October 17, 1999, Sunday
Money and Business/Financial Desk

CALLINGS; Partnership, From Cradle To Campus


ON college campuses, there are now "nonsmoking" dorms and "quiet study" dorms. But with fresh-faced undergraduates increasingly armed with laptops, cell phones, Palm Pilots and -- most important -- ideas, it won't be long before there are "entrepreneurs only" halls, too.

And with all the software and Internet companies being spawned by intrepid undergrads, you may soon be reading of sizable alumni contributions from chief executives with the ink barely dry on their diplomas.

Ben Nobel and Adam Menzel, 20-year-old college juniors who go back even further than Bill Gates and Paul Allen, are among the new entrepreneurs. They have built a financial Web site called Javaticker.com, which they run from their respective campuses, Middlebury College, in Vermont, and Brandeis University, outside Boston.

Indeed, colleges may be the perfect hothouses for seeding start-ups, said Lester C. Thurow, the M.I.T. economist and most recently the author of "Building Wealth" (HarperCollins). "Many schools are wired with fiber optics, broadband communications systems and provide access to instant downloading," he said in an interview. "You can do things from your dorm room that you won't be able to do from your home for another 10 years."

MR. NOBEL and Mr. Menzel met when they were barely out of the cradle. At 18 months, they toddled over to each other at a "Mommies and Me" play group in Port Washington, N.Y., and began networking.

It was the start of an extraordinary partnership. While Javaticker.com may be their most ambitious venture to date, it's hardly their first. As 12-year-olds, they hawked pears by the roadside. (Adam's family had a pear tree.)

Pears soon gave way to more practical products. On one wintry day, Ben's father was unable to unlock his car. All the local stores but one were sold out of de-icer. The boys bought the entire inventory, hurried to the train station and sold the canisters for double what they had just paid. Alas, they just "broke even," Mr. Menzel recalled, still with a twinge of regret. "We overstocked and we got frostbite."

In high school, the boys had bigger brainstorms. As comic book connoisseurs, they combed trade shows for comics that they could resell to a local dealer. And when they built shelves for their collections, they reasoned that everyone would want similar cabinetry. Off they went to the lumberyard, but the idea, as Mr. Nobel put it, "failed to get the national recognition we'd hoped for."

But recognition is finally knocking on their dorm-room doors. Two summers ago, Mr. Nobel, a computer science major, and Mr. Menzel, who is studying economics, were watching the financial news while riding side-by-side exercise bicycles at a local gym (apparently the 90's version of the garage). Their conversation turned to the user-unfriendliness of financial Web sites.

The next day they pitched their idea -- for a free, well-organized financial site -- to Greg Leib, a former Bear Stearns broker and now an Internet entrepreneur, who was a member of Mr. Nobel's local Unitarian Church. Mr. Leib signed on as sole investor, taking the chief executive's title.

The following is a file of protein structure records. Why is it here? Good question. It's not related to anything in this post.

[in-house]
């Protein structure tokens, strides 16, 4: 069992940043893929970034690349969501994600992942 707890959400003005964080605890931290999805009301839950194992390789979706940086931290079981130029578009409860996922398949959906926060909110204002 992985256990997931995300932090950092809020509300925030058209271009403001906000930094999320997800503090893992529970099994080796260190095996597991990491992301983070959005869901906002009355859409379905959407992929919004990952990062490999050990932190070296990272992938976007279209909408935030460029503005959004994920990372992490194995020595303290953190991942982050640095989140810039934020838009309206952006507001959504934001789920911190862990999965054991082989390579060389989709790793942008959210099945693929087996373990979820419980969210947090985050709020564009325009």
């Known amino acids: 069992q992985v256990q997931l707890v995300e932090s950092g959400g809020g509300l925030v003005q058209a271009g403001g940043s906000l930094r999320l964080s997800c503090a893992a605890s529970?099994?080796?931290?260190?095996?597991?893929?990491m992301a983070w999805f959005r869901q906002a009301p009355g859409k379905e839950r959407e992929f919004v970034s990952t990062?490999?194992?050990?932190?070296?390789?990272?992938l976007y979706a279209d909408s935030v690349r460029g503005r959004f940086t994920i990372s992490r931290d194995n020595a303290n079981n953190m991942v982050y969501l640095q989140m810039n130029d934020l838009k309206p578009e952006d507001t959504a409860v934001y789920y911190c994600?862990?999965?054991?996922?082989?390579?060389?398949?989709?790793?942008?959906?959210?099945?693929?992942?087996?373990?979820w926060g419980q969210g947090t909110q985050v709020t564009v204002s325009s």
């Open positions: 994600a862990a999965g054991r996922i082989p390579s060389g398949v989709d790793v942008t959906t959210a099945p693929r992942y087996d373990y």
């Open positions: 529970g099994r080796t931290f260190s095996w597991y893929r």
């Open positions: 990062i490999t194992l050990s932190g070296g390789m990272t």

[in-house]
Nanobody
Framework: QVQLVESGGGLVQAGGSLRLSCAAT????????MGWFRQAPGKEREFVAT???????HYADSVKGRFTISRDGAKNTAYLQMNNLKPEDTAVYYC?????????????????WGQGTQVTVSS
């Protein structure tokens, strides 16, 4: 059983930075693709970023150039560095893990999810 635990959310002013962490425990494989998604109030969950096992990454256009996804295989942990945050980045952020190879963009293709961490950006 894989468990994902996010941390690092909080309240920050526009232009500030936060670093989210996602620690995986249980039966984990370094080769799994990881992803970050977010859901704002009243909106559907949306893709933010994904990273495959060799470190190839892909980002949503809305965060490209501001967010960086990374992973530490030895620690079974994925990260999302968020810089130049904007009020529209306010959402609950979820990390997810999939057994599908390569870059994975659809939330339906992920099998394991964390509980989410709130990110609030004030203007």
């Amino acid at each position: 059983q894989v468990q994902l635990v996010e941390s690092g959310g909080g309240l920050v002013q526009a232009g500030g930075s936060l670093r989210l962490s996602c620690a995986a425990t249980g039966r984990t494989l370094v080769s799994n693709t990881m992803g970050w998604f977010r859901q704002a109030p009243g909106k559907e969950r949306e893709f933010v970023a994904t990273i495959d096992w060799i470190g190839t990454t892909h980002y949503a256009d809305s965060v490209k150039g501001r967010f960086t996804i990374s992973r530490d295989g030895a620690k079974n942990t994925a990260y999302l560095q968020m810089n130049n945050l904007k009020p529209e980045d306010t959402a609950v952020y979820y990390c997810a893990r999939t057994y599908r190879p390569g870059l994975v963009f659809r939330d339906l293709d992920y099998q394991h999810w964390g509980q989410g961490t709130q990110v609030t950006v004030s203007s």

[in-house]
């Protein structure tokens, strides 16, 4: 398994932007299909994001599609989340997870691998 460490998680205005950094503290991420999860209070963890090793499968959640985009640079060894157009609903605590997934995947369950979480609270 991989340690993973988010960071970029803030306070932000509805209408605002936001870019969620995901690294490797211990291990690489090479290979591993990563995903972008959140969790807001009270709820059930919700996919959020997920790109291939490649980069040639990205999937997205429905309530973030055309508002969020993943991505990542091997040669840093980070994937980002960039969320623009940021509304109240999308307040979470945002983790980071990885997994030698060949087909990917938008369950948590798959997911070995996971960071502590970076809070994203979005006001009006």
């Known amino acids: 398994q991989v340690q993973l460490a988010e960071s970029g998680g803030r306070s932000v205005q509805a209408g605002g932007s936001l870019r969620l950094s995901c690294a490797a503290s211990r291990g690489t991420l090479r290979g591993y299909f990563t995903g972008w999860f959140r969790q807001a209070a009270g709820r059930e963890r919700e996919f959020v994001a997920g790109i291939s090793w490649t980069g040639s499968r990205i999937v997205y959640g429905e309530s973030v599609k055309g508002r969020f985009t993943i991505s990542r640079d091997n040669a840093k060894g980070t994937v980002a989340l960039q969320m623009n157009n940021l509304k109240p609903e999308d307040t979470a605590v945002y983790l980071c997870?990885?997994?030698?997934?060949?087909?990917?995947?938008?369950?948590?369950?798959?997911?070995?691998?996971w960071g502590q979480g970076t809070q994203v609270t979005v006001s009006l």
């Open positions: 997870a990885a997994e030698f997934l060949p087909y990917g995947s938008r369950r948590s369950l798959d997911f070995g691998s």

Sixteen months later, after many all-nighters, no salaries and "tons of Chinese food," they have a solid financial site that offers updated headlines, scrolling stock tickers (which can be customized by the user) research, message boards, charts and weather, all in a colorful, easy-to-use format. Though the goal is to have advertising cover costs, the site has yet to break even. Mr. Menzel estimates that it has eaten $200,000 of Mr. Leib's money so far.

"Not much at all for an Internet company," Mr. Menzel said. And if the company has a future, each student has an 8 percent stake, with Mr. Leib holding the rest..

What is it like to be a chief technology officer while still in college? "I have to remember to turn off my cell phone in class," Mr. Nobel said. "My professors would probably throw me out if it went off."

MR. MENZEL, the chief operating officer, said he was lucky to have a girlfriend who understands his four-hour Friday night disappearances to attend to server problems or respond to user E-mail. His parents have been supportive, too. (And why not? They have a lifetime supply of lock de-icer in their basement.)

Friends on campus ask to work for them, as do some outsiders. "Yesterday this guy from Microsoft asked me for a job," Mr. Nobel recounted, still reeling. "He said our site sounded like a more fun place to work." To meet a growing user base -- the site has an average of 12,000 hits a day -- three employees have been added. The three, also college students, grew up with the founders.

Future plans include, well, graduation. Then the dot.comsters may move the business to Vermont -- and perhaps eventually to Wall Street, in the form of a stock offering.

The management at Sun Microsystems, owner of the Java trademark, doesn't seem to mind that these cheeky upstarts are using the name. In fact, the company has invited the founders to display their stock in trade -- or trade in stock, as the case may be -- at the big Sun trade show in New York next spring.

"We'd love to go but, well, it's finals week," Mr. Nobel said with a sigh. "Yeah, finals," Mr. Menzel added, regretfully.

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